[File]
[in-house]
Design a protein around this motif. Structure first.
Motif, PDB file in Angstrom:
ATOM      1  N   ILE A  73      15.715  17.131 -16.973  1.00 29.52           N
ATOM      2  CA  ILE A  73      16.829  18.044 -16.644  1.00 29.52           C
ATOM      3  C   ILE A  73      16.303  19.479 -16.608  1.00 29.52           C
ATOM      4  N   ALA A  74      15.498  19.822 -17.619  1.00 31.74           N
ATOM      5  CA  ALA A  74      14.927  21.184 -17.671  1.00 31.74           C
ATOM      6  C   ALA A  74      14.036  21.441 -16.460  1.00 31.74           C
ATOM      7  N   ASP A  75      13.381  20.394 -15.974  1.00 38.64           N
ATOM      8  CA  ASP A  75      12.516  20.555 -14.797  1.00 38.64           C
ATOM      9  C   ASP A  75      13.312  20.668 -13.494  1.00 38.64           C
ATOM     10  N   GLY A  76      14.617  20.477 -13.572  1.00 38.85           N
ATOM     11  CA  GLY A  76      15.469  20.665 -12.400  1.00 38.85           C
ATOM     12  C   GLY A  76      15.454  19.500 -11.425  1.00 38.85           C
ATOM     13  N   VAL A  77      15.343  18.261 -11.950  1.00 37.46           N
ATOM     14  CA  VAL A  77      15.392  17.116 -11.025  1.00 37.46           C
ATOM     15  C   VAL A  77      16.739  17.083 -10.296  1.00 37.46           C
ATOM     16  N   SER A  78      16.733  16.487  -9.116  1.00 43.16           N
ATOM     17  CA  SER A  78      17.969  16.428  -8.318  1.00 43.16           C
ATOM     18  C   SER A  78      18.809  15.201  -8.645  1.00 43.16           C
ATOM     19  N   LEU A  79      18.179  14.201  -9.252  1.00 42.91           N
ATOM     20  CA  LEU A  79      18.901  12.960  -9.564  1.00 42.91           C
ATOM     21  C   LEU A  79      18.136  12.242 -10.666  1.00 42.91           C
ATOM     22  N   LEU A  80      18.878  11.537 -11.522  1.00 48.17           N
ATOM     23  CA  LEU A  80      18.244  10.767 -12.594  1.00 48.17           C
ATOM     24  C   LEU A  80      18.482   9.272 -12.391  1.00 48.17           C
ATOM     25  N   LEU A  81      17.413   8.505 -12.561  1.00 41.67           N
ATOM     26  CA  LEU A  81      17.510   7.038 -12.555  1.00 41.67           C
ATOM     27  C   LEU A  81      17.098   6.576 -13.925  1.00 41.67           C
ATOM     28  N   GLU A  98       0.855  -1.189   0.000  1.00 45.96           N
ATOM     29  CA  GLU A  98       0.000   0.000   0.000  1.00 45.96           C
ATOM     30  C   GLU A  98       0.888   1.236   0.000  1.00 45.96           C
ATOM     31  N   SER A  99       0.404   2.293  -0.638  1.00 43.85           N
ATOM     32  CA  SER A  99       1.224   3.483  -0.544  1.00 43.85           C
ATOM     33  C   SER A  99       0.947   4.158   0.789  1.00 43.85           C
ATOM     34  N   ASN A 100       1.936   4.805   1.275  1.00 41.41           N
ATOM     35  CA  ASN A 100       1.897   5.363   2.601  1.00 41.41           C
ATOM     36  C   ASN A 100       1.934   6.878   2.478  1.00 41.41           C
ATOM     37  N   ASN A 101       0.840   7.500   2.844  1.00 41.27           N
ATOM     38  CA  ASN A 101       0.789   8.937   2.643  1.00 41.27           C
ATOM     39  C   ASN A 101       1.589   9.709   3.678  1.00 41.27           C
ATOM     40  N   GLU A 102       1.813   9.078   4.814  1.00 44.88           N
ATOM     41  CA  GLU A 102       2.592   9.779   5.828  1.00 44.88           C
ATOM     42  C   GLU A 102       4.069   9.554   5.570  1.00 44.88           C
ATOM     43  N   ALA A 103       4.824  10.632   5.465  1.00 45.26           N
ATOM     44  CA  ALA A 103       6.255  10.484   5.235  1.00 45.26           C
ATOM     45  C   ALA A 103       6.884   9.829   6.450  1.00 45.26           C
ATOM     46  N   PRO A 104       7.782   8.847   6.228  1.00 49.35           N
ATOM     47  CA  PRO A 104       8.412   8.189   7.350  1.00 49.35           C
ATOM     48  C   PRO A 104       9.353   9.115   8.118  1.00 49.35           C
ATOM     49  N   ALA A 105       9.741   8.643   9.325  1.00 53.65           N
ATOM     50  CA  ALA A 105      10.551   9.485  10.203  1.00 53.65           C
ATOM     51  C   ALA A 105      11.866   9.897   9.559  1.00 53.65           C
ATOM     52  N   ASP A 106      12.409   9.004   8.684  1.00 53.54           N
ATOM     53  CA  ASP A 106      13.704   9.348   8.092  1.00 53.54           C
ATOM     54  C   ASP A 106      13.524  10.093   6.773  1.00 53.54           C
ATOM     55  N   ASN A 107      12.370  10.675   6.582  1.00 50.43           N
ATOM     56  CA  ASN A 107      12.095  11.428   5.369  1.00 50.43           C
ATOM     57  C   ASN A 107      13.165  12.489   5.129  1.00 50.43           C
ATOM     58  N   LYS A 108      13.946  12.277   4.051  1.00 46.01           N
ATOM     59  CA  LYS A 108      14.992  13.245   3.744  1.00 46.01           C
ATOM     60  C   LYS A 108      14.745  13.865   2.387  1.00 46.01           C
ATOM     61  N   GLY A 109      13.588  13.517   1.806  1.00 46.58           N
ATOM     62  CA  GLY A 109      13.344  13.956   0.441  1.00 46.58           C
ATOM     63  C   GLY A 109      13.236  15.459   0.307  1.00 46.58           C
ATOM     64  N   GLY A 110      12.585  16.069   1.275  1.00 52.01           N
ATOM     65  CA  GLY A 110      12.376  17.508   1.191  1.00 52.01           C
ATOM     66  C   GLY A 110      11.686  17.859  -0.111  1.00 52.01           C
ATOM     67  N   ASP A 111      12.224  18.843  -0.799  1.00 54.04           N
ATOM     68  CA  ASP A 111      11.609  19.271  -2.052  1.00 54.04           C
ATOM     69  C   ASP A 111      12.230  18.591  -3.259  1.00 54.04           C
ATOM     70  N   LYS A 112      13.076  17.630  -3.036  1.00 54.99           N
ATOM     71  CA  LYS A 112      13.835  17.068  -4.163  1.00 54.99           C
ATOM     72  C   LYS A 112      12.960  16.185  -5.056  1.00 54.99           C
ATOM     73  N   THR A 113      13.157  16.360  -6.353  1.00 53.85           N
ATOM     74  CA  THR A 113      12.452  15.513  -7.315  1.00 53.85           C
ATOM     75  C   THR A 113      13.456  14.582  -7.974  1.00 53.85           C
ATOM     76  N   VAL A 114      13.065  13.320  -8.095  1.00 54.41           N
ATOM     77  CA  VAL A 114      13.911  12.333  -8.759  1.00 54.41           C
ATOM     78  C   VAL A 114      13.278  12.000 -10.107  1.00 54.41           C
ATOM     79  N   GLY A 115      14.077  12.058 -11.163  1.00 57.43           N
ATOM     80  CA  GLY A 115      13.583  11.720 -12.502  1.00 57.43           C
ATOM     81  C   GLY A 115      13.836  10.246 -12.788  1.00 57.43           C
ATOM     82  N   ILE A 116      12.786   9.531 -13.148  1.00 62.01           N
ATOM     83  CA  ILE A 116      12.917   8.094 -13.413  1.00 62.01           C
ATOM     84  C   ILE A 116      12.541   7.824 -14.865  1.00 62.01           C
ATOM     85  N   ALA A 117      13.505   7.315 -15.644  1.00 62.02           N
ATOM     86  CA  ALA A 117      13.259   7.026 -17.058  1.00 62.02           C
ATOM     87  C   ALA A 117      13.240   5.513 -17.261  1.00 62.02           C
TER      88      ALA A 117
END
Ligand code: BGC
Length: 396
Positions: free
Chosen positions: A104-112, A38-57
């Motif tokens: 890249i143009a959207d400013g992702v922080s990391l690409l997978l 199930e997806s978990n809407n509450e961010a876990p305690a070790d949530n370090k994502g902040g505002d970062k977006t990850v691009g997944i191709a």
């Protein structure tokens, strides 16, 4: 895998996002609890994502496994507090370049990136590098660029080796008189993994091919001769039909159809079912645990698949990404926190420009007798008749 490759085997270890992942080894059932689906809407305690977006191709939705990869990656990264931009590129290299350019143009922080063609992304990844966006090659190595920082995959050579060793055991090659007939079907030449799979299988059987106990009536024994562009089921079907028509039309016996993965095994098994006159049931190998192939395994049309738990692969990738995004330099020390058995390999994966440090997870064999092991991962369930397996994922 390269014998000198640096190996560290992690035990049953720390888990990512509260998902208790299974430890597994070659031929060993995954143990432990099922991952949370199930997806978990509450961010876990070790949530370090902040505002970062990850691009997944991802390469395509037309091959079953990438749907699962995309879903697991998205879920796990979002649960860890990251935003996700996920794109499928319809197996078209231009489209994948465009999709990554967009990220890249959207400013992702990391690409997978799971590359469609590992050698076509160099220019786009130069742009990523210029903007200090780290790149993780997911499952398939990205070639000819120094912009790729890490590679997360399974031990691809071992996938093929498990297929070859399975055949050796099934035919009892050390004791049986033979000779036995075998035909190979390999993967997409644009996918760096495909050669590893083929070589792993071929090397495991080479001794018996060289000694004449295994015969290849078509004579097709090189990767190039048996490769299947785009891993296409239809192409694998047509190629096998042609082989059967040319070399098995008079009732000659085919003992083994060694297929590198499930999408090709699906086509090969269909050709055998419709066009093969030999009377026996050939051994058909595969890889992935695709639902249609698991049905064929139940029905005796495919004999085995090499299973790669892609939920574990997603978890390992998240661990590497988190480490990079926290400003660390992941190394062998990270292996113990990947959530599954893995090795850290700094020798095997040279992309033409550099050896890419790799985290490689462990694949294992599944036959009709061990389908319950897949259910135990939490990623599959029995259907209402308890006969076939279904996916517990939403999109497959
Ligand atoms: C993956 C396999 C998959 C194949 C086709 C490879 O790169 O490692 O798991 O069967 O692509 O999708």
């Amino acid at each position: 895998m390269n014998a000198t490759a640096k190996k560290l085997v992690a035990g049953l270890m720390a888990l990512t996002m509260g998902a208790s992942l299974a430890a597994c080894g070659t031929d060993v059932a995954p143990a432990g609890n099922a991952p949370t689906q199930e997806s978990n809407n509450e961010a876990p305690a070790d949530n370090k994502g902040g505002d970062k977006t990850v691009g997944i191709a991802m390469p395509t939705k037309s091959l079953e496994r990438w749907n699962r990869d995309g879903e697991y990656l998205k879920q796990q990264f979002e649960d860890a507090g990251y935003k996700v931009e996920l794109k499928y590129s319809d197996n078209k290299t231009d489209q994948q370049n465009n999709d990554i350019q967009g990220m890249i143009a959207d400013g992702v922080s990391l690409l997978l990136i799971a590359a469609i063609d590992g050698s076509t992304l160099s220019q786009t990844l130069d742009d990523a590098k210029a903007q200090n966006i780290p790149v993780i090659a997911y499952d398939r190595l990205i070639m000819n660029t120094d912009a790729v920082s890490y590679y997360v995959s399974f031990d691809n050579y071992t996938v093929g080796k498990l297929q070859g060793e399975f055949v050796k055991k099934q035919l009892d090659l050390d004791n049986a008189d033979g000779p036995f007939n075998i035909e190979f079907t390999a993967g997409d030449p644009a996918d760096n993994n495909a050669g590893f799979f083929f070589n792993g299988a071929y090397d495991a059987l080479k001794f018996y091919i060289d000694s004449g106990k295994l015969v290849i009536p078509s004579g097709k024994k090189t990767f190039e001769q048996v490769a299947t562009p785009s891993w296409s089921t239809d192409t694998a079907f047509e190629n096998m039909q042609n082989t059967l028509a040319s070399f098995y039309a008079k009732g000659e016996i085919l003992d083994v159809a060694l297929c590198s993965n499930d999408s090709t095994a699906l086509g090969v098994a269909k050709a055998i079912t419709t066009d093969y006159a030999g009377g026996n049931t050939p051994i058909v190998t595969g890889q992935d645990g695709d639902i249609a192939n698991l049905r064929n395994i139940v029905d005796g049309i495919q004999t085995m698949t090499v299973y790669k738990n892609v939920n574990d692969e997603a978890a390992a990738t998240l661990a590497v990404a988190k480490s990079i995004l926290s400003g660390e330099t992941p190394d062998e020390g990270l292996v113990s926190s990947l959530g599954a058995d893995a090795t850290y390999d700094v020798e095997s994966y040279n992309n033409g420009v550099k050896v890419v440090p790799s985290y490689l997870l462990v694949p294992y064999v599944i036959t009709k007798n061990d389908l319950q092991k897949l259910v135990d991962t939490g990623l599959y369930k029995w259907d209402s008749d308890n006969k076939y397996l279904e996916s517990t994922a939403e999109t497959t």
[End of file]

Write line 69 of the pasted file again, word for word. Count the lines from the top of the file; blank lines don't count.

ATOM     66  C   GLY A 110      11.686  17.859  -0.111  1.00 52.01           C